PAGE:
Pre-Pandemic kitchens were the heart of the family space, but in many cases, there wasn’t a lot of cooking happening on a daily basis. Overbooked families found themselves using their kitchens to reheat and plate food that was picked up or delivered in between the race from activity to activity, but often the state-of-the-art appliances were rarely used.
As the pandemic unfolded, many families rediscovered the kitchen and began to explore their appliances and began to understand and reimagine the layout of the space. For many, the kitchen also transitioned to become workspaces and school classrooms. It was a Wi-Fi-enhanced hub of activity of Zoom and Teams meetings and gathering space for snackers.
When the pandemic dragged on, homeowners began enhancing appliances and purchasing the equipment that they needed to begin to make meals at home. In fact, in the latter part of 2021 cookware sales increased by 36% and food and beverage purchases soared by 221%. And, as homeowners learned how to cook, they also began to redesign their spaces. Building material purchases rose by 86%.
Americans were learning to cook! Recipes were some of the most searched online interests as further evidence that people of all ages were eating out less and using kitchens more.
With restaurants reopening and more people moving outside the home, there are still questions about whether the kitchen behaviors that came with the pandemic will revert to our pre-pandemic eating out habits.
So far, it appears that Americans have enjoyed the culinary arts and are continuing to eat at home.
Here are some of the imaginative kitchens recently designed by three Honest Abe homeowners.
Danny & Tia Suiter
The centerpiece of the Suiters’ kitchen is a roller-mounted island, fashioned of wooden planks from native trees.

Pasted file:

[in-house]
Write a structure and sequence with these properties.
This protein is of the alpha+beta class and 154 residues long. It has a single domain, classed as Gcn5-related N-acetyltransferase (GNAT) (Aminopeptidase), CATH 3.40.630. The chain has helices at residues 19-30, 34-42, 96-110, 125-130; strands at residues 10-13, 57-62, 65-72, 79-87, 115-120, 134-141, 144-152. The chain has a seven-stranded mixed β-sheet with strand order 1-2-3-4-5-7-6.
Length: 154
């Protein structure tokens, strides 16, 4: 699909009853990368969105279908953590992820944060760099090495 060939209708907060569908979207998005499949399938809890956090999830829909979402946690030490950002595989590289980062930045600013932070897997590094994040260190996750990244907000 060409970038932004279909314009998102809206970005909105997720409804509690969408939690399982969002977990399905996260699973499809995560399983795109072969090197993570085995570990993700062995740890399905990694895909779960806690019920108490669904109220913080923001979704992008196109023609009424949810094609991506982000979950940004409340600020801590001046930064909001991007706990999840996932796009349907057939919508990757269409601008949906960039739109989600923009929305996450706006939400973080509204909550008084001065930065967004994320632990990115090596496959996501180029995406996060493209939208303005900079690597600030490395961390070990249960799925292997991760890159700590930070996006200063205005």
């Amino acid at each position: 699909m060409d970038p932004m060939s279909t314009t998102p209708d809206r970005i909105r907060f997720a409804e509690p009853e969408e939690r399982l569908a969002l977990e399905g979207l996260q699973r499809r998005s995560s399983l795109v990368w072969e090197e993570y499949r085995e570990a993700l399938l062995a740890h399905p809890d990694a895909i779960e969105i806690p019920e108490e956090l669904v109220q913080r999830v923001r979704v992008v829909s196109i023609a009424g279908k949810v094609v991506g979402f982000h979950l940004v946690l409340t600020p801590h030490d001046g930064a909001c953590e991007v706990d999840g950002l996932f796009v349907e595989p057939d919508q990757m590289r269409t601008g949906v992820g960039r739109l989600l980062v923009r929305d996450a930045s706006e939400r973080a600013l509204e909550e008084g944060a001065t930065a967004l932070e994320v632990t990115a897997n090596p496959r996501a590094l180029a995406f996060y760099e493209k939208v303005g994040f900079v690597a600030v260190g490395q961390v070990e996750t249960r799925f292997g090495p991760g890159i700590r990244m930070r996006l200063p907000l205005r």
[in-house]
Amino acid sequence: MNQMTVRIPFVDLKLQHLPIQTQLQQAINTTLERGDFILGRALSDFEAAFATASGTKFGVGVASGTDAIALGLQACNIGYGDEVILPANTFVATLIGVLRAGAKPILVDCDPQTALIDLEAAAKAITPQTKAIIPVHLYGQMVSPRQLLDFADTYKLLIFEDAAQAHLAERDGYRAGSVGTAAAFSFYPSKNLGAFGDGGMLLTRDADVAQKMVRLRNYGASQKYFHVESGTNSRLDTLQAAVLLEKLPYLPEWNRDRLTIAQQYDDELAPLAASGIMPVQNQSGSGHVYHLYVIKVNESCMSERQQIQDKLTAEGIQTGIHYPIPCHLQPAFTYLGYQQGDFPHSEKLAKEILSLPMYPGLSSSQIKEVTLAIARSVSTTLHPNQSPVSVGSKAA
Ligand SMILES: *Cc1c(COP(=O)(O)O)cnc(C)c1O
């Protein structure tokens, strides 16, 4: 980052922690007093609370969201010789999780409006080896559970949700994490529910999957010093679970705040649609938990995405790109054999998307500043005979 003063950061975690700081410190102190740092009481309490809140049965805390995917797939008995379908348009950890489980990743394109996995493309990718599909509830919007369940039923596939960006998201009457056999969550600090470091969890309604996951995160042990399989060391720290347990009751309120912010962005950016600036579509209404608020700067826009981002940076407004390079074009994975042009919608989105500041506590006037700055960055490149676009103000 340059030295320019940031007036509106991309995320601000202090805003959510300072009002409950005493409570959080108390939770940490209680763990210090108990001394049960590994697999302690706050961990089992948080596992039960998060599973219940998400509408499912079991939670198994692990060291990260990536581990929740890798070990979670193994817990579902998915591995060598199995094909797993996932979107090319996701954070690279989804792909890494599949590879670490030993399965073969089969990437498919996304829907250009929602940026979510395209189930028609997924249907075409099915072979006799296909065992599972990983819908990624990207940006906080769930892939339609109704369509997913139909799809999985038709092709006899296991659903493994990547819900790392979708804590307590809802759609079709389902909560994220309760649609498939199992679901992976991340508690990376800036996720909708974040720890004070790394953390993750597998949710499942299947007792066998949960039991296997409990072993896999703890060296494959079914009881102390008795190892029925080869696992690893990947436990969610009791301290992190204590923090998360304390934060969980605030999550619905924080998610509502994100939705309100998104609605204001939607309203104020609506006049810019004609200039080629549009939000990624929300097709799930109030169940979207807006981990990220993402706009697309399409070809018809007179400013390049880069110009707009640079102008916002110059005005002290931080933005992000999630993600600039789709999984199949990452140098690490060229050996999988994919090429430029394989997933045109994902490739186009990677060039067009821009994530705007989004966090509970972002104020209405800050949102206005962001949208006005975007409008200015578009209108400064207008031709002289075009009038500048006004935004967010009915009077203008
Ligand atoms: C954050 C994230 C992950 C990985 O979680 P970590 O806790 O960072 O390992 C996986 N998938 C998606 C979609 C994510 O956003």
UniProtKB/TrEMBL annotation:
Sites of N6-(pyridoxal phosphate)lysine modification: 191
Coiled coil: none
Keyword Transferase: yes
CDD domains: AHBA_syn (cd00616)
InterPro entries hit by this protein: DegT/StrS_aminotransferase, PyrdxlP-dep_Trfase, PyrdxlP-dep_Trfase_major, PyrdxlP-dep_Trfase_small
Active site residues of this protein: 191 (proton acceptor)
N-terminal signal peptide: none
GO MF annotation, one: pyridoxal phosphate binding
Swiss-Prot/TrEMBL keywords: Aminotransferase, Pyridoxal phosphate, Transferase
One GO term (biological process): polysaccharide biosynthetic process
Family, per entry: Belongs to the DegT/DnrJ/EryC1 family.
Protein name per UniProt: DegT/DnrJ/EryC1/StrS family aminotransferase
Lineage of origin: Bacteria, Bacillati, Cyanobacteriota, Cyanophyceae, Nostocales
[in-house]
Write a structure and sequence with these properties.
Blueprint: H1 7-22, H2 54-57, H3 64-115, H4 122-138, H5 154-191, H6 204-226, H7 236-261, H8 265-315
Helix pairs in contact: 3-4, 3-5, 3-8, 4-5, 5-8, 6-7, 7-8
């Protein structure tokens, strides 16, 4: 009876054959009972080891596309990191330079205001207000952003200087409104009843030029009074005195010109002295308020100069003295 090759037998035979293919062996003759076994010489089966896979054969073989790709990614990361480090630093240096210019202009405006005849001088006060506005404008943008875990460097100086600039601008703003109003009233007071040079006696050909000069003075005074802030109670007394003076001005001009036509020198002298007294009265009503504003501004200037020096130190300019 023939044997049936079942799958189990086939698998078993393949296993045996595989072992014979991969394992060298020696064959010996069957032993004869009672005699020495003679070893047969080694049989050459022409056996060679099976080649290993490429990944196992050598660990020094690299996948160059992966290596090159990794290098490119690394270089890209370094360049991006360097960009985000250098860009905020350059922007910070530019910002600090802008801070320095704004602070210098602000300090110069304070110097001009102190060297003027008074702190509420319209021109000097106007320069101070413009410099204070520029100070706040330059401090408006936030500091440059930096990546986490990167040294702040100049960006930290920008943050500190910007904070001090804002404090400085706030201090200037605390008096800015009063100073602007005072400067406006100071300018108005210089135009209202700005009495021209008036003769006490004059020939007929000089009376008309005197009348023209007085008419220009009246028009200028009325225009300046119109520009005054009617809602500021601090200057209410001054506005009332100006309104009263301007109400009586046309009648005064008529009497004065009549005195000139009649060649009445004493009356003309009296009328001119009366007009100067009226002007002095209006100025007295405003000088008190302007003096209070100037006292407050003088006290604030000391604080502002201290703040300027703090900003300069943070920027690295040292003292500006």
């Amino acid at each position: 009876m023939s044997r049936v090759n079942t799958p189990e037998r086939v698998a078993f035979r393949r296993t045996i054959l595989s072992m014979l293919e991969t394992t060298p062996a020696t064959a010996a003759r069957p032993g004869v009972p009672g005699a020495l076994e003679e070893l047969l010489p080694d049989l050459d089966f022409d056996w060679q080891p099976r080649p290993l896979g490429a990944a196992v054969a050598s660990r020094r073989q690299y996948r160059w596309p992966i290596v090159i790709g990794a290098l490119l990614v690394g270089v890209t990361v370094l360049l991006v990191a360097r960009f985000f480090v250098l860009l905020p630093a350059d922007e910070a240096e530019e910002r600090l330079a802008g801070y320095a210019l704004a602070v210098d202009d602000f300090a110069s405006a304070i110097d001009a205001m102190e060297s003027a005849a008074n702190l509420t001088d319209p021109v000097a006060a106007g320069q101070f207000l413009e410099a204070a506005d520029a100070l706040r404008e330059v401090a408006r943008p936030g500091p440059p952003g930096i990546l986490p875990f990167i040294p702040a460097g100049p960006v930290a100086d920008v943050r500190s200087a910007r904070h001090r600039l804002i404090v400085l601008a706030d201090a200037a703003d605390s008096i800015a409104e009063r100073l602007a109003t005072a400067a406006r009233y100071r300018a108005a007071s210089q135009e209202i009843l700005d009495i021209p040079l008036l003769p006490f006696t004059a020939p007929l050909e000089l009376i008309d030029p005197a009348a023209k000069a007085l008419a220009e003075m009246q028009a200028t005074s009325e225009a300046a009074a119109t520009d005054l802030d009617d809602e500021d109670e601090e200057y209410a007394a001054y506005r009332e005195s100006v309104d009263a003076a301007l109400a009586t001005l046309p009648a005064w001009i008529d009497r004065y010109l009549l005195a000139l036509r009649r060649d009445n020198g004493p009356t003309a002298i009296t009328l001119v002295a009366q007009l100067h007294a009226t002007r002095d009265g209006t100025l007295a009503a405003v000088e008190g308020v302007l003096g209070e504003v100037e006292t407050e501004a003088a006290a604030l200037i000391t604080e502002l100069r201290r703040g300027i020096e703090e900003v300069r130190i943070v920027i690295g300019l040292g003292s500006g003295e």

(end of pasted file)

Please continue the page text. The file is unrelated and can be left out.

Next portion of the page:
Tia installed a small marble drink serving surface over the wine refrigerator, which is encased in a custom wooden cabinet where wine glasses are suspended from an old wooden rake in a recessed side.
Modern appliances including a double-door refrigerator, both a gas and an electric stove and deep, double sinks provide contrast with the rustic wooden handcrafted cabinetry and exposed beams.
Seventy percent of consumers said that they consumed more food while at home during the pandemic. When examined in terms of healthy consumption, 43% of consumers emphasized that they consume more fruits, 42% more vegetables, and 30% more protein-containing foods (meat, chicken, or fish). In addition, 39% of consumers stated that they made their breakfast more balanced. When examined in terms of unhealthy consumption, 47% of consumers said that they consumed more sweets, 24% consumed less vegetables, 21% consumed less fruit and 19% consumed less protein
Alex & Connie Diamond
The kitchen is the center of activity for the Diamonds, so Connie wanted to use space wisely. Instead of cabinet-covered walls, a pantry stores food and small appliances, and a window overlooks the fenced back yard.
Cabinets of soft maple glazed in dull white encompass the refrigerator, microwave, oven and an organizational cubby. On either side of the hammered copper farmhouse sink are mounted shelves holding often-used dishes just above the aged brick backsplash.
Installed in the “L” of the L-shaped island is a gas range. The Diamonds often eat on the white quartz countertop, which is wide enough for food prep and serving. Star-shaped pendants light the island, which is painted Silver Mist with walnut stained endcaps that mimic barn doors.
What were Americans learning to cook?
The Pandemic’s Most Googled Recipes
- Banana bread
- Pizza dough
- “Recette crepe” (which means “crepe recipe” in French)
- French toast
Sam & Tammy Taylor
The Taylors’ commercial kitchen (one of two in the home) was designed by Sam for Tammy to use for her jelly and jam business. Appliances and fixtures are stainless steel, while work surfaces are marble.
Every shelf in the huge pantry is so organized that a screen door, not a solid door, was used.
Sam built a small passthrough door from the garage into so that Tammy would not have to walk up steps with groceries.